Water, Air, and Soil Pollution

, Volume 208, Issue 1–4, pp 129–151 | Cite as

Regionalization of Magnetic Susceptibility Measurements Based on a Multiple Regression Approach

  • Christine FürstEmail author
  • Dietmar Zirlewagen
  • Carsten Lorz


The article presents results of a case study in northeastern Germany, where magnetic susceptibility assessment was carried out at grid-wise field measurements. The measurements were clustered into three different depth levels, which represent the humus layer, the transition zone between humus layer and mineral horizon, and the mineral horizon. Taking these three depth levels, a multiple regression-based regionalization approach was applied, testing and using additional environmental parameters derived from geology, topography, and stand type with the aim to develop a comprehensive model for spatial variability of magnetic susceptibility. Spatial variation of magnetic susceptibility was predicted with a high precision by the multiple linear regression models. A slightly differing set of model parameters was selected for the single depth levels. In tendency, magnetic susceptibility values in depth level 6–10 cm were best explained by the distance to Bitterfeld and by soil properties. In depth level 11–15 cm, variables which describe the orographic conditions and stand properties gain in importance. In depth level 21–25 cm, variables indicating soil and site properties disappear completely. Here, aspect and land surface characteristics play a major role together with stand properties. A spatial stratification of the model for a distance of up to 25 km to the former emitters provided a further improvement of the model quality considering the prediction of small-scale variations of magnetic susceptibility.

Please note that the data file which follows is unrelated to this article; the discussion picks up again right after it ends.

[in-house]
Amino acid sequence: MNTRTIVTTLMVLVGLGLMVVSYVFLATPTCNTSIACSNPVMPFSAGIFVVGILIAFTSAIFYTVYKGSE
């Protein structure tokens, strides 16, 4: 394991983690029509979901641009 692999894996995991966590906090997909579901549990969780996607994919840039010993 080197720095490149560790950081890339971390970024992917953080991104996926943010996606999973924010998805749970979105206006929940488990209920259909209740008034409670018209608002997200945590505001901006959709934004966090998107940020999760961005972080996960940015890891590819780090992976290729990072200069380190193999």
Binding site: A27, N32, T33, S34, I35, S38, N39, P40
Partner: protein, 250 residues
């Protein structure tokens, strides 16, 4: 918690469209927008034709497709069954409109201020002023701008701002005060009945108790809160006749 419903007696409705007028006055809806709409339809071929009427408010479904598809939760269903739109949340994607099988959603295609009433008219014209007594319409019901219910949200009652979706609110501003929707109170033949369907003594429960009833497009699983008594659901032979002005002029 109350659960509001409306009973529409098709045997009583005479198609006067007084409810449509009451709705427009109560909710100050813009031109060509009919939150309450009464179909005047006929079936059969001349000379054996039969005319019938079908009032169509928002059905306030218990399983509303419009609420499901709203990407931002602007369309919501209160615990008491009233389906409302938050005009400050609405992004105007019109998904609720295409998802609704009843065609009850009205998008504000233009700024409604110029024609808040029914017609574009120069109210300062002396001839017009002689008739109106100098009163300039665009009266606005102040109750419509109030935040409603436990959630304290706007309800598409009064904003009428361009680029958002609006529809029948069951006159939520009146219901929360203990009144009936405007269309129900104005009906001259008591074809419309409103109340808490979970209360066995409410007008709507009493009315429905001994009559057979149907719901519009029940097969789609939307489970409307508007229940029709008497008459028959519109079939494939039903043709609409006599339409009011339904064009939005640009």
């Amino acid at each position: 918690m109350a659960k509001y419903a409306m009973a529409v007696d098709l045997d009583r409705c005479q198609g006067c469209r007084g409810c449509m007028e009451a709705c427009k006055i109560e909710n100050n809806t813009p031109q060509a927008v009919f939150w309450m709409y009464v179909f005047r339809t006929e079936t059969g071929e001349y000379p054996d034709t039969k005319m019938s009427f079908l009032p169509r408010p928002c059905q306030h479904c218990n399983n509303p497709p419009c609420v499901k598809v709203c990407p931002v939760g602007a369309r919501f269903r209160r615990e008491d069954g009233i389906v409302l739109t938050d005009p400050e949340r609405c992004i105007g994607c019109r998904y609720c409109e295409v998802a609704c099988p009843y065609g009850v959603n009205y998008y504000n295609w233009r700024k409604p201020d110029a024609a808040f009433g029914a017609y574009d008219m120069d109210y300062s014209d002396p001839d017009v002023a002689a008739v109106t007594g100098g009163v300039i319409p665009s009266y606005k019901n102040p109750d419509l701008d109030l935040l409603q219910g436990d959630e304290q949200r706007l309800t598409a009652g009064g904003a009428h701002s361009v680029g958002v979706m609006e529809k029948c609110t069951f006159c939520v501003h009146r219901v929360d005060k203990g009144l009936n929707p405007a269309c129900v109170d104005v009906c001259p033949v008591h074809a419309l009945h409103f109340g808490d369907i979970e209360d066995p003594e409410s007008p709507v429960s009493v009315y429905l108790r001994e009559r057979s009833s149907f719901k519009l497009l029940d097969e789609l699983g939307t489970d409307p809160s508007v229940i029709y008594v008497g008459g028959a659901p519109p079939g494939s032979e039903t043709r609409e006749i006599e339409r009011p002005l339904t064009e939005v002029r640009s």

Fly ash Magnetic susceptibility assessment Regionalization of magnetic susceptibility Multiple regression Stepwise model parameter selection 



The measurements were carried out in the context of the research project “ENFORCHANGE” (, which was funded by the German Federal Ministry of Education and Research (BMBF) in the program “Research for Sustainability”. The authors wish to thank also Dr. Abiy Mengistu, Stephan Just, and Kay Hagemann for supporting the magnetic susceptibility field assessments and especially Dr. Abiy Mengistu for the fruitful methodological discussions.


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Copyright information

© Springer Science+Business Media B.V. 2009

Authors and Affiliations

  • Christine Fürst
    • 1
    Email author
  • Dietmar Zirlewagen
    • 2
  • Carsten Lorz
    • 1
  1. 1.Institute for Soil Science and Site EcologyDresden University of TechnologyTharandtGermany
  2. 2.INTERRA—Bureau for Environmental MonitoringKenzingenGermany

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